2018 edition

José Antonio Amengual Rigo

Computational approaches to drug discovery and enzyme engineering have seen an increase in popularity, guided by the surge in computing power and accessibility. Atomistic simulations are in the foreground of such techniques since they can provide a high-resolution dynamical model of many biophysical problems.

One example of an atomistic technique is the Protein Energy Landscape Exploration (PELE)[1], a method that combines Monte Carlo sampling with protein structure prediction techniques. PELE outstands in modeling protein/ligand interactions, being recently highlighted in the latest CSAR challenge (a blind benchmark for docking and scoring methods) as a “remarkable achievement in drug design”[2]. PELE keeps expanding horizons with the implementation of an adaptive reinforcement learning procedure[3], opening up the way for fast, reliable simulations of protein dynamics employing modern multi-core computational resources. Currently, the ongoing introduction of a ligand growing technique in combination with an accurate scoring function and a virtual screening platform intends to revolutionize PELE as an excellent tool for drug design, being capable of performing hit finding and lead optimization.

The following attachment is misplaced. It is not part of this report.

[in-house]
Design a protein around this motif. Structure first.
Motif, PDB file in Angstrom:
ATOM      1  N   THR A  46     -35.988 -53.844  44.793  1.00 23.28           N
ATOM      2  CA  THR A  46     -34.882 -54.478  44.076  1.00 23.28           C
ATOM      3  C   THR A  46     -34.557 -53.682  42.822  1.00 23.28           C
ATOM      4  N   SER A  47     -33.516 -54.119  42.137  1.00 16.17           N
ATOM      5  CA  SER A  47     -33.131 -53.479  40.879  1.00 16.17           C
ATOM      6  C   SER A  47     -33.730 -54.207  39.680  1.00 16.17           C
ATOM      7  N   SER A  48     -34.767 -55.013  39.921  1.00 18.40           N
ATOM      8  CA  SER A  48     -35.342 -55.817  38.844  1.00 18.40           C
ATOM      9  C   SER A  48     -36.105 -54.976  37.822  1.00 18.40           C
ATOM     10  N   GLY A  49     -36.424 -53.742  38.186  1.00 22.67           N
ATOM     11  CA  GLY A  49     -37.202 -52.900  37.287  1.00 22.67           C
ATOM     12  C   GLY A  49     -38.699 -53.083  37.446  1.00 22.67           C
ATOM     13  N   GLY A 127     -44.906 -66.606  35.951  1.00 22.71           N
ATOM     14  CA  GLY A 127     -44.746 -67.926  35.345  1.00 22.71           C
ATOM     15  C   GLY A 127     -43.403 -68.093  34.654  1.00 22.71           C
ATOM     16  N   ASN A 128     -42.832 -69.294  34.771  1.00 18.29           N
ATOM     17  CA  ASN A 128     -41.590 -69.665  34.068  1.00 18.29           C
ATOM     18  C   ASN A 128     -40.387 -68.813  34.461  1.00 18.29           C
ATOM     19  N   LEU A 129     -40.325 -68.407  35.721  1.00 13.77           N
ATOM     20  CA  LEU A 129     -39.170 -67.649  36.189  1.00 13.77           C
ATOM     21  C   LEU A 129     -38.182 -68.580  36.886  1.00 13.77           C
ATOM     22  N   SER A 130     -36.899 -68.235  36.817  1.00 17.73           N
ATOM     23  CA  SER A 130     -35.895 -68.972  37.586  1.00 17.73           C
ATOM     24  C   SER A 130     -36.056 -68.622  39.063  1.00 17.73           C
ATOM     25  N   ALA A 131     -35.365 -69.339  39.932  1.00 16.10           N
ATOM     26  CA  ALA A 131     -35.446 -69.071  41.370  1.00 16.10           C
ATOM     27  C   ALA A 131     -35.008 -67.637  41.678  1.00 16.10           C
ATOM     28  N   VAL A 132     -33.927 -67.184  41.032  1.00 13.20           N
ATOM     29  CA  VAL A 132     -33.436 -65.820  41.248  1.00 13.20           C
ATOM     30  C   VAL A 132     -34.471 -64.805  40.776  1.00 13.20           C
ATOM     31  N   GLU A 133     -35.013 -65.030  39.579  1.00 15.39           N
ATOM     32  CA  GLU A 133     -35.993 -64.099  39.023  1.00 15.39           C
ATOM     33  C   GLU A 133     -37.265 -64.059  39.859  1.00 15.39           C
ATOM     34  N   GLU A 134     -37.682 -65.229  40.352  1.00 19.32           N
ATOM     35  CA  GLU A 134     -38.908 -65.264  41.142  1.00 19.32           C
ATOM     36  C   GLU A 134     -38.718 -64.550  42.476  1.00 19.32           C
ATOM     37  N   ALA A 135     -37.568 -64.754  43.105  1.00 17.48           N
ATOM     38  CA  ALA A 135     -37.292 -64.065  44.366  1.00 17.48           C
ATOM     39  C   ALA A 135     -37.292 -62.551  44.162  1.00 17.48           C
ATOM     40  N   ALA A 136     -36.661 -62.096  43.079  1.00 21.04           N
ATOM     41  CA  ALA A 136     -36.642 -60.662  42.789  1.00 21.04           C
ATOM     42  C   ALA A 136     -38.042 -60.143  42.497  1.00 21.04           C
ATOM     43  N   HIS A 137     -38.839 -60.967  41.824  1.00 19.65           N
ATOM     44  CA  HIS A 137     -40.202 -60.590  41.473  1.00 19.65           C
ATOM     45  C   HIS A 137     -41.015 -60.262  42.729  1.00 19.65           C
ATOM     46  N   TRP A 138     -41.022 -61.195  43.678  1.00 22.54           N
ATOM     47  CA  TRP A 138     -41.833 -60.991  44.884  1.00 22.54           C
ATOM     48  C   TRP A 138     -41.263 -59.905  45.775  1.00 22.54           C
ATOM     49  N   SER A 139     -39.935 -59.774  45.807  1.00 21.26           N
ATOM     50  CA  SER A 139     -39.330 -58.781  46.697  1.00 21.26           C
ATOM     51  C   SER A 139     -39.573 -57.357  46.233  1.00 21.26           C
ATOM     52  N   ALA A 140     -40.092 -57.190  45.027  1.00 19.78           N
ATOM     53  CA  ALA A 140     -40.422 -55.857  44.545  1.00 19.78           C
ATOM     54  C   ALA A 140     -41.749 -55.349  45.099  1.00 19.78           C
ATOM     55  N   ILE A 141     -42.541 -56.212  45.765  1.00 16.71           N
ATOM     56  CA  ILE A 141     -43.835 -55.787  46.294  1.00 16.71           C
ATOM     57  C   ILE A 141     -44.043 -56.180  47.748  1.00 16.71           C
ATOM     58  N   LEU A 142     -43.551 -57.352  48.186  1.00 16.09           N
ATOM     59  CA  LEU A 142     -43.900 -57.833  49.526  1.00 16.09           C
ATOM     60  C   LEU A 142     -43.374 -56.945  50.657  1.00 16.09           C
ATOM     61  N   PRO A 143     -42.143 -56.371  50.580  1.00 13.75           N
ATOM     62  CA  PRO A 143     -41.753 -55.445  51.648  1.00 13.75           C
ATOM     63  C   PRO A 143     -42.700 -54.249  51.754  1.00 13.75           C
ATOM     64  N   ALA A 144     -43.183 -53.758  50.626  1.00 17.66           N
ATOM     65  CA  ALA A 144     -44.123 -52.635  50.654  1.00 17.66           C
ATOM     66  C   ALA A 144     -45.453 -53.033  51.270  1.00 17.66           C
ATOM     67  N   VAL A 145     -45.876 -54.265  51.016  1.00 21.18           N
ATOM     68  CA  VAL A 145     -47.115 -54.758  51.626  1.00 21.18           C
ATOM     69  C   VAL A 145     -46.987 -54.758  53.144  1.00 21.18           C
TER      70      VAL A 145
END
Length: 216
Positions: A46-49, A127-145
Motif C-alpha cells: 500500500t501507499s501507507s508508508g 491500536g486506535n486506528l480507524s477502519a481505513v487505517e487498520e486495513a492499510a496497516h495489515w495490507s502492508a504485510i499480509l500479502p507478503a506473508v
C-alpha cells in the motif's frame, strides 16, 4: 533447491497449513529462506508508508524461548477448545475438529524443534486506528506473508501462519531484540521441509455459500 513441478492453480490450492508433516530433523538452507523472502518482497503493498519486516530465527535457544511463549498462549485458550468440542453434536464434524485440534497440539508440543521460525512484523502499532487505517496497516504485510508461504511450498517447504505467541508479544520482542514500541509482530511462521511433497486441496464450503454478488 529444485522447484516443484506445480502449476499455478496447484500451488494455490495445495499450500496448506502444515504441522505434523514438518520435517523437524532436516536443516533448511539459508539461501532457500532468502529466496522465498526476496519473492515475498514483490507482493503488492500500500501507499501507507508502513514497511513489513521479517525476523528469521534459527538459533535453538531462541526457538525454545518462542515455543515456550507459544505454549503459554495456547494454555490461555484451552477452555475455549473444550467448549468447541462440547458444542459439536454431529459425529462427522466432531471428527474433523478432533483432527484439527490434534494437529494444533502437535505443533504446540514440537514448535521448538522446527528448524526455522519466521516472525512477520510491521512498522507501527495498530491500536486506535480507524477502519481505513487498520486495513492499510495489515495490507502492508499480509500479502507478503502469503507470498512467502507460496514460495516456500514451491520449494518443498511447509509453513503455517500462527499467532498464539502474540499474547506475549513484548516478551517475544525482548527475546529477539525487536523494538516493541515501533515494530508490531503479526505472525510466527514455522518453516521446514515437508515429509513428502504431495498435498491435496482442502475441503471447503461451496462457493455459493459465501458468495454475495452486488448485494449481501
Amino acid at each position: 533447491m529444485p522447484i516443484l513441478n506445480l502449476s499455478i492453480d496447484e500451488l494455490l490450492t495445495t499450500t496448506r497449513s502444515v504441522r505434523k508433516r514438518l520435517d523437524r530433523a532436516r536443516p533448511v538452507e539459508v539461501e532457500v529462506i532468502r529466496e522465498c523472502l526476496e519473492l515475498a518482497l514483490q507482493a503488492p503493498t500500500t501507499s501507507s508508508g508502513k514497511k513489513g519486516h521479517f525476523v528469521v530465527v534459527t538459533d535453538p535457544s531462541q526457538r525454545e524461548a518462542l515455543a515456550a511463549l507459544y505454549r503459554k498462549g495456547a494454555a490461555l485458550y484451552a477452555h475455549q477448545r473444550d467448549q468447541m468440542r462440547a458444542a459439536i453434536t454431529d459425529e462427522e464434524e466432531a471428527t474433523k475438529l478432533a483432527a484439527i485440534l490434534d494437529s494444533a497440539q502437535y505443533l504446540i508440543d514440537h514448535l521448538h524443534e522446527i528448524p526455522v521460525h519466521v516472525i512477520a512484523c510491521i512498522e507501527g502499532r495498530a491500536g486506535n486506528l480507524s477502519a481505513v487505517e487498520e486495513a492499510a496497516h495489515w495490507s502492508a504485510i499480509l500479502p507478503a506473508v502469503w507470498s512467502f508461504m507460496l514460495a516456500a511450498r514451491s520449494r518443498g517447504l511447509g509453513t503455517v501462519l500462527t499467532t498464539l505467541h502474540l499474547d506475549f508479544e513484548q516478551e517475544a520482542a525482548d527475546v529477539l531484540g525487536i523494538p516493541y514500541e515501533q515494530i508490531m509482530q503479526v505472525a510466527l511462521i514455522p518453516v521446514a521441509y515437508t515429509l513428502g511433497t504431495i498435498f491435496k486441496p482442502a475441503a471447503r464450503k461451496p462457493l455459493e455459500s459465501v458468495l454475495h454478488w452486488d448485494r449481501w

This communication is intended to give a general survey of previous results, current and future projects in relation with the different applications PELE has in the fields of ligand migration/binding, enzyme engineering and drug discovery studies. This versatility of PELE is demonstrated by seeing how it can deal with small ligands, large polysaccharides or even antibodies, in small datasets (tens of structures) or medium size datasets (thousands of complexes) with equal efficiency.


  1. Borrelli, K, W, Vitalis, A, Alcantara, R, Guallar, V, 2005. PELE: Protein Energy Landscape Exploration. A Novel Monte Carlo Based Technique. J. Chem. Theory Comput. 1, 1304–1311.
  2. Carlson, H. A. et al., 2016. CSAR 2014: A Benchmark Exercise Using Unpublished Data from Pharma. J. Chem. Inf. Model. 56, 1063–1077.
  3. Lecina, D, Gilabert, JF, Guallar, V, 2017. Adaptive simulations, towards interactive protein-ligand modeling. Sci. Rep. 7.